Continuous in-line virus inactivation for next generation bioprocessing
September 17-21, 2017
The shift in industry toward connected and continuous monoclonal antibody (mAb) processing has necessitated the development of novel approaches to improve or replace traditional unit operations. A bottleneck in connected processing is the viral inactivation step, which is typically accomplished by holding the Protein A elution material in a large vessel for a fixed period of time. There are multiple factors to consider when translating this inherently batch operation into a continuous mode. In this presentation, we will describe our efforts to develop a comprehensive understanding of virus inactivation kinetics and the impact of buffer/mAb composition on the virus inactivation process. Based on this knowledge, a flow-through system can be designed to achieve the desired virus clearance capabilities. We will also describe how such in-line virus inactivation processes may lead to shorter processing times, reduced facility footprint, and simpler integration with adjacent processing operations. Technologies such as in-line virus inactivation are expected to play an important role in the next generation mAb processing toolbox.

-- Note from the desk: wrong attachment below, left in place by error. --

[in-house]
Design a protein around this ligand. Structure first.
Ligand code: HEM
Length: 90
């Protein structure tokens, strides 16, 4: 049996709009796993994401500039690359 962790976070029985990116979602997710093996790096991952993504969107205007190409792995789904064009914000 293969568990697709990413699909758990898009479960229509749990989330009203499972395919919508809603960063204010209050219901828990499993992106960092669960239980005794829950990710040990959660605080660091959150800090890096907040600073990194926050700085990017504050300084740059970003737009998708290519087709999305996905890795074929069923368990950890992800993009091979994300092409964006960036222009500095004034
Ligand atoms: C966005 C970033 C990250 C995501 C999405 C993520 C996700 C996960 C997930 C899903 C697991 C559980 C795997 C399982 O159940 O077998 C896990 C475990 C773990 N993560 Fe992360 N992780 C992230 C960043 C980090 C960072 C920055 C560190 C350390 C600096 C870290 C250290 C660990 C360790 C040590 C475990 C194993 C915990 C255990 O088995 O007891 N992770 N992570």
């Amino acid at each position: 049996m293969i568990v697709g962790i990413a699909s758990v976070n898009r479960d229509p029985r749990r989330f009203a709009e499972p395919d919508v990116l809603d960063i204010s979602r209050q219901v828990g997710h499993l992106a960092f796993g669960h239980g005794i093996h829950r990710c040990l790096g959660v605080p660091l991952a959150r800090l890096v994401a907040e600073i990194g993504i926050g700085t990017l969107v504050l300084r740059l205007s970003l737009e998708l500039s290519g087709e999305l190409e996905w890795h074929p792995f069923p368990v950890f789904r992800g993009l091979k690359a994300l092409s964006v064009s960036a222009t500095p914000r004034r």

Melissa Holstein, Christopher Gillespie, Lori Mullin, Ronald Tuccelli, John Caulmare, Luc Messier, and Michael Phillips, "Continuous in-line virus inactivation for next generation bioprocessing" in "Integrated Continuous Biomanufacturing III", Suzanne Farid, University College London, United Kingdom Chetan Goudar, Amgen, USA Paula Alves, IBET, Portugal Veena Warikoo, Axcella Health, Inc., USA Eds, ECI Symposium Series, (2017). http://dc.engconfintl.org/biomanufact_iii/35
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